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Marc

"Thank God we blow up and sink more easily." (unknown officer from HMS Norfolk)

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Re: Lutjens' Intentions

Post by Vic Dale » Thu Jul 18, 2013 7:28 pm

On the Grid map AK 55 is truly is; 55°03'00"N, 033°15'00"W as you say, but that won't work on the globe without serious correction.

Bismarck was sailing on the surface of the globe and it all looks very different in comparison to flat charts. This is why charts do not work on the large scale and are only really of any use in coastal areas.

The position at which contact was lost is clearly given as 56* 20' N by 36* 20' west and that is the position I have plotted on Google Earth and which I have been using since the start of this discussion. All ships involved, both British and German, managed to get a sun shot at noon on the 24th to establish their positions, so I don't think that can be greatly in dispute. Their dead reckoning would have to be about 100 miles out and the worst it ever was during the course of this operation was about 25 miles after three days without a sun shot.

Plotting the position you have given for AK55, Bismarck would have had to steam 178nm by 0700, or at 60 knots for 3 hours to reach it.

Better look at it again.

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Re: Lutjens' Intentions

Post by RNfanDan » Thu Jul 18, 2013 8:47 pm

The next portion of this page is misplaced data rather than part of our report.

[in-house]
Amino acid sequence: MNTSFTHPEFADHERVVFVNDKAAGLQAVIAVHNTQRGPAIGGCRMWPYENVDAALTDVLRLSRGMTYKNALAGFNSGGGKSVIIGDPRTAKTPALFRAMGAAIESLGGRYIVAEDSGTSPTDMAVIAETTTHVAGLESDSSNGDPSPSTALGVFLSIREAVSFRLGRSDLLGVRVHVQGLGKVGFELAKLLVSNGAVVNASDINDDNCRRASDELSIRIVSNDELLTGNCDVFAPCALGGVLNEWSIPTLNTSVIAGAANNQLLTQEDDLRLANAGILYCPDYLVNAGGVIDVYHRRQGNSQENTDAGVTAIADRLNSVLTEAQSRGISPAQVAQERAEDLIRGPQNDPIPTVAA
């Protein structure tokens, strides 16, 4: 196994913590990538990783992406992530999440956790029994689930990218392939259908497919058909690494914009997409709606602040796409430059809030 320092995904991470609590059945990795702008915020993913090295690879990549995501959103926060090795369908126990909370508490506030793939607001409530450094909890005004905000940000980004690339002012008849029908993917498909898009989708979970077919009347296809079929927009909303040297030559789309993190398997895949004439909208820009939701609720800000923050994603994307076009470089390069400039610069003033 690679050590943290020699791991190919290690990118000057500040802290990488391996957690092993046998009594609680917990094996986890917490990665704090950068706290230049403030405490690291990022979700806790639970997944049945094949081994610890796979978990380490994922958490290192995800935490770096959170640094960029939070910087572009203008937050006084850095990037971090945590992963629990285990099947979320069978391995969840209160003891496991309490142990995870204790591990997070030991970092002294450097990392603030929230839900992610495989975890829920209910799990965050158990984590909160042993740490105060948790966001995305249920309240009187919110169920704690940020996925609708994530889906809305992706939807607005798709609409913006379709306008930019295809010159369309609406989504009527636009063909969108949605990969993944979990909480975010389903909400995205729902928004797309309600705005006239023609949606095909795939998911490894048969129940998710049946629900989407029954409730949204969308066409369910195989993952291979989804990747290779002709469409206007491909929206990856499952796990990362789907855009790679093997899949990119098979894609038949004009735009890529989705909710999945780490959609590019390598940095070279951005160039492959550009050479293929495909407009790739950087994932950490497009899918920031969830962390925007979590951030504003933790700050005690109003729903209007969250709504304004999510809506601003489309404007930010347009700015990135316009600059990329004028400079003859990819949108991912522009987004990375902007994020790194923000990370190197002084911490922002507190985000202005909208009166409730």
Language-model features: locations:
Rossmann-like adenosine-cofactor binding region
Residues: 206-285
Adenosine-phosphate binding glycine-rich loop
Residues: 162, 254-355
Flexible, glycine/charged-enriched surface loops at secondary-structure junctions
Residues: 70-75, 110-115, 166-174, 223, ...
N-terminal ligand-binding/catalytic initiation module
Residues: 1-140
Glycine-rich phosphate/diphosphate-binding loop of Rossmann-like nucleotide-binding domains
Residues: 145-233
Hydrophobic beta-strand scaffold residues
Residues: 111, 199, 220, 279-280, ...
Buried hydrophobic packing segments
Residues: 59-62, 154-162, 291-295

I must ask:

What aim is served by transposing already-known, and fairly accurate, reported lat-long positions into grid squares? Properly, grid squares are estimators, helpful in the absence of precise global positions---not the other way 'round.

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Re: Lutjens' Intentions

Post by Wordy » Thu Jul 18, 2013 9:21 pm

RNfanDan wrote:I must ask:

What aim is served by transposing already-known, and fairly accurate, reported lat-long positions into grid squares?

Dan.
Unfortunately l think we all know, I just don't understand why he's going to such effort to troll a military history forum :?
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Re: Lutjens' Intentions

Post by Guest » Thu Jul 18, 2013 10:50 pm

The German grid charts are in Mercator projection and Google Earth is essentially gnomonic. These are only semi-compatible. If you confuse those two -- one gives a correct (constant) course from point 'a' to point 'b' but not necessarily the shortest distance, and the other presents the shortest distance (rhumb line) but cannot give, except by interpolation, the course(s) required to achive this. If you mix these up you will thoroughly confuse yourself (and, perhaps, others as well). It's my recollection, perhaps incorrect, that the British did exactly this at least once during the 'Bismarck' chase, sending British units off, for a while, in entirely the wrong direction...